Operation Road Restore

Operation Road Restore Project Completed

The largest roadworks project Dalby has ever seen, dubbed Operation Road Restore, was the equivalent size of a marathon 30 year roadworks program.

The tight deadline provided by the State and Federal Government meant that roads affected by the 2010/11 summer floods, on 119 Dalby urban blocks, on 43 roads, had to be restored in a year and a half; a sprint comparatively speaking.

Council made a number of innovations around how roadworks were managed and conducted, resulting in the marathon project not just being completed in sprint fashion, but completed two months ahead of schedule.

The same innovations that saw the project completed ahead of schedule, also provided budget savings. For this project, Council’s co-contribution for complementary kerb and channelling work was budgeted at $6 million, and the final cost will be about $6 million. This is a significant achievement given some additional opportunities to enhance some roads was taken.

State and Federal Governments contributed to Operation Road Restore through the Natural Disaster Relief and Recovery Arrangements(NDRRA). The revised approved contribution was $22 million but the final amount for this funding will be closer to $19 million – that’s a $3 million saving!

So the revised overall project budget was $28 million and it will end up being about $25 million – so this marathon project will also come in under-budget.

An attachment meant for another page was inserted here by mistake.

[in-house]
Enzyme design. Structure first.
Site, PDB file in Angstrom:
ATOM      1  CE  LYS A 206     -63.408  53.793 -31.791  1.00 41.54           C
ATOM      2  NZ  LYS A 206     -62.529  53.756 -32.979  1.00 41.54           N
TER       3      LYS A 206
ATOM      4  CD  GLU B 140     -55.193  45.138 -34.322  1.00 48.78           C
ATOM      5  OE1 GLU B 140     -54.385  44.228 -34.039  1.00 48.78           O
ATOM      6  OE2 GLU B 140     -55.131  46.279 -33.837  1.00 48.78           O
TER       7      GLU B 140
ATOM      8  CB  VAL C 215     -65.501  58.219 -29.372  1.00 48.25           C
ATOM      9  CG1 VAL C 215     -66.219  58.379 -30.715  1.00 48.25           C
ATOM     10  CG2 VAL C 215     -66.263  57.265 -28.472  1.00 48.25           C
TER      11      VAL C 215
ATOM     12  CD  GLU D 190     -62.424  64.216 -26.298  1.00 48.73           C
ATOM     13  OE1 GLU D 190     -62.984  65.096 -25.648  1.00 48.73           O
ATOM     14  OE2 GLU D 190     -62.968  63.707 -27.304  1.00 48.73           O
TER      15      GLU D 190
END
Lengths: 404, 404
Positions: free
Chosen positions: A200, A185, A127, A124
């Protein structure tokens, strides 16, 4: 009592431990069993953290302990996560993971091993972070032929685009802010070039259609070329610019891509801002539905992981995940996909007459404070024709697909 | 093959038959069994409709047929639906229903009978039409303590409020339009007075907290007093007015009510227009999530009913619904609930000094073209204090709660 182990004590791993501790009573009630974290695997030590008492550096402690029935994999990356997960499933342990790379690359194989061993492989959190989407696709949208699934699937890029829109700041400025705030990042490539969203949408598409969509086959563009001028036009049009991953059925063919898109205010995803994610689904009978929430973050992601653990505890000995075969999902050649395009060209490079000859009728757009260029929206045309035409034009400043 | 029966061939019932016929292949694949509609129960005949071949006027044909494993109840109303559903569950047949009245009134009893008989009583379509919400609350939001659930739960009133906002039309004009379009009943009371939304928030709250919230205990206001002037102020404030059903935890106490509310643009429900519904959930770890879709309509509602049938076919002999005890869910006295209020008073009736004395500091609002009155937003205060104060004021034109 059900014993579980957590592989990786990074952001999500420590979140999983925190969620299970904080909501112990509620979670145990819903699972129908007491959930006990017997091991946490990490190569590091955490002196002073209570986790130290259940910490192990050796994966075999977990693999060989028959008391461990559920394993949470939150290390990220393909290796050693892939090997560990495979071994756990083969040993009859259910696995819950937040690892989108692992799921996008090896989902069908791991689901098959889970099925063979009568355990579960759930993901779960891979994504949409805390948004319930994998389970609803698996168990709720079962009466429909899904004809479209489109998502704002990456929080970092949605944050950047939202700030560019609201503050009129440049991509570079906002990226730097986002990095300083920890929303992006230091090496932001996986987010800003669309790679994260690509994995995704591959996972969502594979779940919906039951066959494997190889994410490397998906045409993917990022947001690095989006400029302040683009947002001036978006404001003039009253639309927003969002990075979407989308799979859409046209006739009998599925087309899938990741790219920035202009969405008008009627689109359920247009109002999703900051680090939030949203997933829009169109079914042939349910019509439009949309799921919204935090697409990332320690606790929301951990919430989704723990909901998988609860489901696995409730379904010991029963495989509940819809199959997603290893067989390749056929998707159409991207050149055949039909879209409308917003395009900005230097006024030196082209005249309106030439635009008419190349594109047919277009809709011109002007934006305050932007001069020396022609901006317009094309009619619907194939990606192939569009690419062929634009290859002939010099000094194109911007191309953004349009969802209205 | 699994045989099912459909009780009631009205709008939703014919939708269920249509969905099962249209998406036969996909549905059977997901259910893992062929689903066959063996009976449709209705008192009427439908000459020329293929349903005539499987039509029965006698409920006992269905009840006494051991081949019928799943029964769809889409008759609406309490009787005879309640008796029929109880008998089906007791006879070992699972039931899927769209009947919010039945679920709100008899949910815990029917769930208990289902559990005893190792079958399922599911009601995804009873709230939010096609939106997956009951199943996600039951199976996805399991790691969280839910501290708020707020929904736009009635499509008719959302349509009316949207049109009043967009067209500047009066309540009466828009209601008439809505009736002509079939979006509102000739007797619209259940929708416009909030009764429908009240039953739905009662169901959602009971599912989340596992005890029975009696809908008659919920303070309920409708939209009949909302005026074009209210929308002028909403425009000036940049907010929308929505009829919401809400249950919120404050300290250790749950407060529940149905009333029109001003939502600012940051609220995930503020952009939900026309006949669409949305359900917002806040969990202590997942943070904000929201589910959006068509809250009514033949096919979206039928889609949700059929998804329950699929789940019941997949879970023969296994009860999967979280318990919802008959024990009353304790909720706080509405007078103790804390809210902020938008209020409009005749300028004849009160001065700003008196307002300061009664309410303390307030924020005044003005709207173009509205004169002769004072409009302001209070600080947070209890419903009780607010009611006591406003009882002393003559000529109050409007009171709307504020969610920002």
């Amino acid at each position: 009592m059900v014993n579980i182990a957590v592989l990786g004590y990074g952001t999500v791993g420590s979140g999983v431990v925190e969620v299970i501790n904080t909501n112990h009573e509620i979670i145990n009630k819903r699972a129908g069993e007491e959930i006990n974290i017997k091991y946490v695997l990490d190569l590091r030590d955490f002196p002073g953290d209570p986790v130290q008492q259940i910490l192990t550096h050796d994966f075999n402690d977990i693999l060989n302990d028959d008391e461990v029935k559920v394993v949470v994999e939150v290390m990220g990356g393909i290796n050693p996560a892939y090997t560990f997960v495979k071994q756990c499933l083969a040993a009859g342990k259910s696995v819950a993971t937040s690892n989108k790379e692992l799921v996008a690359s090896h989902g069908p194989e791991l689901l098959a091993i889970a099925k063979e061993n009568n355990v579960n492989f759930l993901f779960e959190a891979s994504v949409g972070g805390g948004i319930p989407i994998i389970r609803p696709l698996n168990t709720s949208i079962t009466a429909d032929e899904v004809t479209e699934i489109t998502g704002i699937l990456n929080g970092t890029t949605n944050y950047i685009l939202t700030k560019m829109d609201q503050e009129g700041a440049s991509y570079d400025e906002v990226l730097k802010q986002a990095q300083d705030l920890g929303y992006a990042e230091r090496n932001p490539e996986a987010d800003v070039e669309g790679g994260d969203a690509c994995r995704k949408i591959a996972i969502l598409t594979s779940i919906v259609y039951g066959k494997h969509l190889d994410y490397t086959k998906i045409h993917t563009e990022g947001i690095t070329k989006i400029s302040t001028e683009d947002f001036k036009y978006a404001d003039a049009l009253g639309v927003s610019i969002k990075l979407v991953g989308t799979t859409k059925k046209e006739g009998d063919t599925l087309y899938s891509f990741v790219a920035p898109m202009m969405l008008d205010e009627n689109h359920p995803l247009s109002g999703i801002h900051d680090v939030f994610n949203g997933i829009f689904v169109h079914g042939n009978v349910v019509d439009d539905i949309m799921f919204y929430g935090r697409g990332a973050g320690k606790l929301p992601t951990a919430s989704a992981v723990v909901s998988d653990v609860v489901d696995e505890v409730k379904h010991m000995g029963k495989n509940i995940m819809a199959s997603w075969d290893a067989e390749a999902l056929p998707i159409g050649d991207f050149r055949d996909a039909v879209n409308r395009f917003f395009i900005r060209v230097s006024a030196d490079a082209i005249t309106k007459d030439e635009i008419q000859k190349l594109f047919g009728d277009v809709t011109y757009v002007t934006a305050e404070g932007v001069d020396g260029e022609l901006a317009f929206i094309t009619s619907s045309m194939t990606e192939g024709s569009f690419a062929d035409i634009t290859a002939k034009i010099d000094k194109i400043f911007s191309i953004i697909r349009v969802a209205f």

Spokesperson for Works and Engineering Services Councillors Andrew Smith said these are significant achievements given this is the first roadworks project of this scale that Council has managed.

“The successful management and completion of Operation Road Restore within the funding deadlines and with notable budget savings, all without compromising quality, is a testament to Council’s progressive approach,” he said.

“Roads reconstructed under Operation Road Restore will be stronger and last longer, giving the community a durable long-term asset. I’d like to thank the Dalby community for their cooperation and patience during Operation Road Restore, as it was an intensive period of roadworks that we couldn’t have completed without working together. I’d also like to commend our dedicated and talented work crews and engineers who worked tirelessly to make Operation Road Restore the success it is.”

Operator Road Restore was a component of the broader Regional Flood Recovery Works project. This program began in late 2012 and will be continuing until all roads across the Western Downs region damaged during flood and heavy rainfall events in 2011, 2012, 2013 and 2014 have been repaired and restored. Find out more on the Regional Flood Recovery Works webpage…


Operation Road Restore at a glance

Objective – Reconstruct roads on 119 Dalby urban blocks, on 43 roads, damaged from summer 2010/11 floods in 19 months


  • Increased scope – significantly upscaled Council’s standard planning processes, which are normally structured towards reconstructing roads on four urban blocks a year
  • Modernised processes – using specialist contractors for specific phases